Seven-year-old Tylon Kent and other youngsters kicked and splashed in a cool, blue swimming pool one recent Friday, reciting water safety rules and learning about their faith.

Swim lessons have become a regular part of Christian education for Bethel African Methodist Episcopal Church this summer, the Rev. Herman Kelly explained.

“God wants us to take care of our temple, mind and body,” said Kelly, standing beside the pool. “The temple is your body, and you should be safe around water.”

He watched nine of his members’ children learning to swim and gaining confidence in the water at the A.C. Lewis branch of the YMCA.

The lessons are part of the Y SPLASH program, which provides free lessons for some neighborhood children who may not be able to afford regular swim lessons.

Tylon has already learned one of the golden rules involved in safeguarding his body: “Don’t get into the pool without permission.”

Tylon nearly drowned several years ago after jumping into a pool unsupervised, explained his father, Terry Kent.

Kelly said he teamed up with the Y this summer in an effort to expose and encourage church members from ages 3 to 99 to take swim lessons.

“We’re trying to make a generational change,” Kelly said.

His efforts were met with enthusiasm from Tylon and other children who eagerly answered swim instructor Christian Kelly’s question about what to do in case someone is drowning: “What do we throw them?”

“A floater, so we can pull them back,” Tylon said.

Kelly said he wanted to encourage children and adults to enroll in a pool safety/swim lesson program following several swimming tragedies in Louisiana last year.

A 44-year-old mother, Sonja Anderson, and her 2-year-old son, Jonathan, both of Baton Rouge, drowned in May 2010 when the mother jumped into the family pool after her son fell into the water while riding a battery-powered tricycle.

Drownings in Shreveport in August claimed the lives of six non-swimmers who were wading in the Red River and later plunged into a drop-off 25 feet deep.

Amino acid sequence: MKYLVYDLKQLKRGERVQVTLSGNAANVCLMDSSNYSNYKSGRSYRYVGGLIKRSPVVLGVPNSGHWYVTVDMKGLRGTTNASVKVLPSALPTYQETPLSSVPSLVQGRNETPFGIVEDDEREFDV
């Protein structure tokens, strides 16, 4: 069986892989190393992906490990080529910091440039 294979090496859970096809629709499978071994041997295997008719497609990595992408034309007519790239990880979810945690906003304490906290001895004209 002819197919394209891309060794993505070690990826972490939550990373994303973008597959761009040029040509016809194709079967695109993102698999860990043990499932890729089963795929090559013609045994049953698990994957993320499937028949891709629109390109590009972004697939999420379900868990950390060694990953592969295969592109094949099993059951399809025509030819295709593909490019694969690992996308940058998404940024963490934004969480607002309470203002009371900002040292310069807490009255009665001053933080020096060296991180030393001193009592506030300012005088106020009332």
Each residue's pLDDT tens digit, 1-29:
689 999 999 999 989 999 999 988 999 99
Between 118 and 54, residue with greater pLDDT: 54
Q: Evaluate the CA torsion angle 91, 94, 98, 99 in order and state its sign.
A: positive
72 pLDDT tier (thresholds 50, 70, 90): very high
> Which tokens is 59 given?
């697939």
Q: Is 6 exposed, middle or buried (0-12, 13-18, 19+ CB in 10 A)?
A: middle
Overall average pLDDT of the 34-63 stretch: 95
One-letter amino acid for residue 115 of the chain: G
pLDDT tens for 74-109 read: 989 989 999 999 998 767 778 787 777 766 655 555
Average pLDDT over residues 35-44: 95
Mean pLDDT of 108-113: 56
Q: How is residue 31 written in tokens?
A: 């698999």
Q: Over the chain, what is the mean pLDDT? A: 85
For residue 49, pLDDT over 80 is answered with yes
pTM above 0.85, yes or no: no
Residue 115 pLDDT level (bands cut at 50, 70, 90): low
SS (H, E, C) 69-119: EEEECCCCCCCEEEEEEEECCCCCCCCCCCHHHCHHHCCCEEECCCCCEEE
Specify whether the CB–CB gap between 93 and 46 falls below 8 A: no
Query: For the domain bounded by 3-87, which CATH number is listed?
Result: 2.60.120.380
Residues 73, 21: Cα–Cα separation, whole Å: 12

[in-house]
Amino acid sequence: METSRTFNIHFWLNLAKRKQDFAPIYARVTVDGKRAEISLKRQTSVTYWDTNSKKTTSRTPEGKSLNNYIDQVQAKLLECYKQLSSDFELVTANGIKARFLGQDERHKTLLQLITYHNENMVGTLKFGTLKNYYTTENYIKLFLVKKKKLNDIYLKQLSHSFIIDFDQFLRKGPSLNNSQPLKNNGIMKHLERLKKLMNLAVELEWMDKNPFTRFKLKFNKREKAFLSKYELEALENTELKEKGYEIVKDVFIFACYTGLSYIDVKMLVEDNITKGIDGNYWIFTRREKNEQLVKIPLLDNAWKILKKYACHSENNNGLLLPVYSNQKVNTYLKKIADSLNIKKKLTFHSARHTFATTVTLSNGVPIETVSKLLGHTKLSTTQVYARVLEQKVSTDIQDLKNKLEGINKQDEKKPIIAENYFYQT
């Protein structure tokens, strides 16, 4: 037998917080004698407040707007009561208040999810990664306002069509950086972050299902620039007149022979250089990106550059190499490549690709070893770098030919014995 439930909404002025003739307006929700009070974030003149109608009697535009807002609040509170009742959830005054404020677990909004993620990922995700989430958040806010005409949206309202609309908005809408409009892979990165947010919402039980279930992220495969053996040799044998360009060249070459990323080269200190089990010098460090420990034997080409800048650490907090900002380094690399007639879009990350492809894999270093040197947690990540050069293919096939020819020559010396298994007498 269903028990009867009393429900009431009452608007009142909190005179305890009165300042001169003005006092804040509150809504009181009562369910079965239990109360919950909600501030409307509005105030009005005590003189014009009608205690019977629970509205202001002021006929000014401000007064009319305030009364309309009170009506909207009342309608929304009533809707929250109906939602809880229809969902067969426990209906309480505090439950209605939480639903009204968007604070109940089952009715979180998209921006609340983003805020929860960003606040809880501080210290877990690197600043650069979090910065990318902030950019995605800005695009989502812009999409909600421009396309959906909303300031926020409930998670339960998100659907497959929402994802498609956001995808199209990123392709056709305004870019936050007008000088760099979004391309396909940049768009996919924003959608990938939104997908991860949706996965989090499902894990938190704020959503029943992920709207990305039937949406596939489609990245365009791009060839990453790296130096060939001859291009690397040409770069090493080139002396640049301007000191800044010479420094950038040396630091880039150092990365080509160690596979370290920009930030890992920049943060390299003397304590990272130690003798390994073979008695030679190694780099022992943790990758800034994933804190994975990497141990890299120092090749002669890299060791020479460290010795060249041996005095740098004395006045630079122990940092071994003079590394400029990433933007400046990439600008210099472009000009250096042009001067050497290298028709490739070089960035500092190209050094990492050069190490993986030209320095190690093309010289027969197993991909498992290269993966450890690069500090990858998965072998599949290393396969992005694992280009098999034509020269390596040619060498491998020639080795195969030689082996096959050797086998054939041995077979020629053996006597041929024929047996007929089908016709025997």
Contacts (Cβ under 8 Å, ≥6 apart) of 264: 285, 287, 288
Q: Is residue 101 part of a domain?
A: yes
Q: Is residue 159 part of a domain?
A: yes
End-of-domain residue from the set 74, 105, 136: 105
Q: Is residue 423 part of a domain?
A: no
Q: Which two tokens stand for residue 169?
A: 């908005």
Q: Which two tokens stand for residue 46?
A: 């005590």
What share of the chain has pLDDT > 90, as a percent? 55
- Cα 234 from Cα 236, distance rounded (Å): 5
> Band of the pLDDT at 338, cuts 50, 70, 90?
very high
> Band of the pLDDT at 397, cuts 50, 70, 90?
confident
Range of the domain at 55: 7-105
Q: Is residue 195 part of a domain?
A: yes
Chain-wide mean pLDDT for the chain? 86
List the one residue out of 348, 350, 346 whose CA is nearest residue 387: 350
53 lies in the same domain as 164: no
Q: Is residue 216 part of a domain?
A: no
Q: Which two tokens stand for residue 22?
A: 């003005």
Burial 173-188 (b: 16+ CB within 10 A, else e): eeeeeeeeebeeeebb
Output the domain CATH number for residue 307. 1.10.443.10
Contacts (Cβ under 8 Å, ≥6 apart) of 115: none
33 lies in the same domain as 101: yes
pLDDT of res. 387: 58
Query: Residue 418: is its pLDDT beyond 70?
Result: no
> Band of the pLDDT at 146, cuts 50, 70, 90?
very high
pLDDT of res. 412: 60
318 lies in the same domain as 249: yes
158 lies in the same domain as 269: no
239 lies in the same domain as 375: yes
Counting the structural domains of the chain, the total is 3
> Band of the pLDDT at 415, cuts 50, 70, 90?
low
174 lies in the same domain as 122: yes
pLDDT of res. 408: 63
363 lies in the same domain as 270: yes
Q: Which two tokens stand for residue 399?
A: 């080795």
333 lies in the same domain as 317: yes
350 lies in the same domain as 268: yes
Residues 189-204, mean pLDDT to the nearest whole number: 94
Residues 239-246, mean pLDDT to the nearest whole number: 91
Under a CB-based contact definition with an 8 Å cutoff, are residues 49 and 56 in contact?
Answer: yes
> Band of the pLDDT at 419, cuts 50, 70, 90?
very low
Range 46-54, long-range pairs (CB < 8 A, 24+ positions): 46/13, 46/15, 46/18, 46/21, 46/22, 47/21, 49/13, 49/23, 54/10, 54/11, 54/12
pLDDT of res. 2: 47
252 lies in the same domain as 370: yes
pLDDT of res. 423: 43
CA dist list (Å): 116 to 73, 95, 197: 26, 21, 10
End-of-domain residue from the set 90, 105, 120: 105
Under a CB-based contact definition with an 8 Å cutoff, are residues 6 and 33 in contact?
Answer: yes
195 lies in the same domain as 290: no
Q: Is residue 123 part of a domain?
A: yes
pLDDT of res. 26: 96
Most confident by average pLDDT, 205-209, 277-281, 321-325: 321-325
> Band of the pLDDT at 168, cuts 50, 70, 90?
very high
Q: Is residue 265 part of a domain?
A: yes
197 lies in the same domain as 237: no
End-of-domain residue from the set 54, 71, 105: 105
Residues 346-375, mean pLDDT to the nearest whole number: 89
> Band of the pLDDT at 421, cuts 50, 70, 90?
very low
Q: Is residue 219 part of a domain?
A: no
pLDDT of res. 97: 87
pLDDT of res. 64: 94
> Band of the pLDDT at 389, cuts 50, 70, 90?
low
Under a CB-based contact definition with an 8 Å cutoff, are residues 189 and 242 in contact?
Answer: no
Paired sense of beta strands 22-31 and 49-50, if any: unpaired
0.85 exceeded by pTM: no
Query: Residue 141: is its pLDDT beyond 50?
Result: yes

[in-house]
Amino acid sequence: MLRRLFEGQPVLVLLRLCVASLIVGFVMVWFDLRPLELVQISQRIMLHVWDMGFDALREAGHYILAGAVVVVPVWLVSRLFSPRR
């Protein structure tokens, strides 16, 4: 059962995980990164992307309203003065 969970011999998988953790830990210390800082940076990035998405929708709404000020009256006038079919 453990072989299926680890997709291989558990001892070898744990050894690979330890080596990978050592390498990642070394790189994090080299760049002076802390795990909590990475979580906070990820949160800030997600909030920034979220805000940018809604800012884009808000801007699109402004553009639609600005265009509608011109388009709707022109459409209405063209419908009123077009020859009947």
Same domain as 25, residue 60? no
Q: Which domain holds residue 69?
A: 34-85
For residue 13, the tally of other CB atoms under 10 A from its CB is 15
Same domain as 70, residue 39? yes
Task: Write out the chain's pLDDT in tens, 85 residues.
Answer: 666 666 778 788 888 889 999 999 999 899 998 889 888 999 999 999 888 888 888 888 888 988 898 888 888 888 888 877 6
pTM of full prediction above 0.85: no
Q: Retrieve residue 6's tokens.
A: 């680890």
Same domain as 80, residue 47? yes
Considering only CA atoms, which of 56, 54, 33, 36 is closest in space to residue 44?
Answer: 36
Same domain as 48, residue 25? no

Such instances can be prevented, Kelly said, if he can reach out and help people learn to swim.

He said his church coordinator, Tracy Bradley, is also in charge of the swim ministry.

“God directed us to do this,” the pastor said. “We have to offer a ministry that teaches people to survive in the water. About 75 percent of our members can’t swim and I have 400 members.”

Kelly said he grew up in Jacksonville, Fla., where his father taught him and his sister to swim at an early age. He also attended Morehouse College on a swimming scholarship.

Kelly said part of his swim ministry includes addressing phobias and fears among some in the African-American community about water. He said he wants to encourage black families to learn to save themselves and to practice a safety plan during family outings.

“We live in an environment where there is water everywhere, from ponds to bayous and rivers,” he said.

He presents scenarios and “what if” situations during his water ministry discussions. “What happens if a 3-year-old falls into the water?” he asked. Families armed with water safety information would know how to extend a long branch or some sort of floatation device to the victim.

He said he recounts some of the details of the drowning tragedy in Shreveport to help his members understand the importance of learning to swim.

Relatives and friends had gathered on a sandy shore near the Red River’s bank to cool off and to hold a barbecue. Teens were wading in waist-high water when one of the teens, who was later rescued, stepped off a slippery ledge and began kicking and flailing. As other non-swimmers rushed to help, they succumbed to the river, drowning.

Kelly said the swim ministry is creating a domino effect among families at the church.

Kelly said his wife has enrolled in the class and other parents and grandparents have signed up to take classes offered this month for adults.

“When families gather for a cookout near water, someone should know how to swim,” Kelly said.

Terry Kent, who can swim, recalled how several yeas ago his son Tylon, then a toddler, either jumped or fell into an uncle’s pool where other children swimming.

“He fell straight to the bottom but someone was there to pull him out,” Terry Kent said.

The swim classes have given Terry Kent some peace of mind about his son. “If he were to fall into a pool again, he’d know how to save himself,” Terry Kent said.

Khary Carrell, who enrolled three of his nephews and a niece in the classes, said he wanted to expose them to swimming.

“Many times, inner city kids are exposed to basketball, football and other sports but this is a chance to expose them to swimming,” he said. “They are really taking to it. I can see the progress.”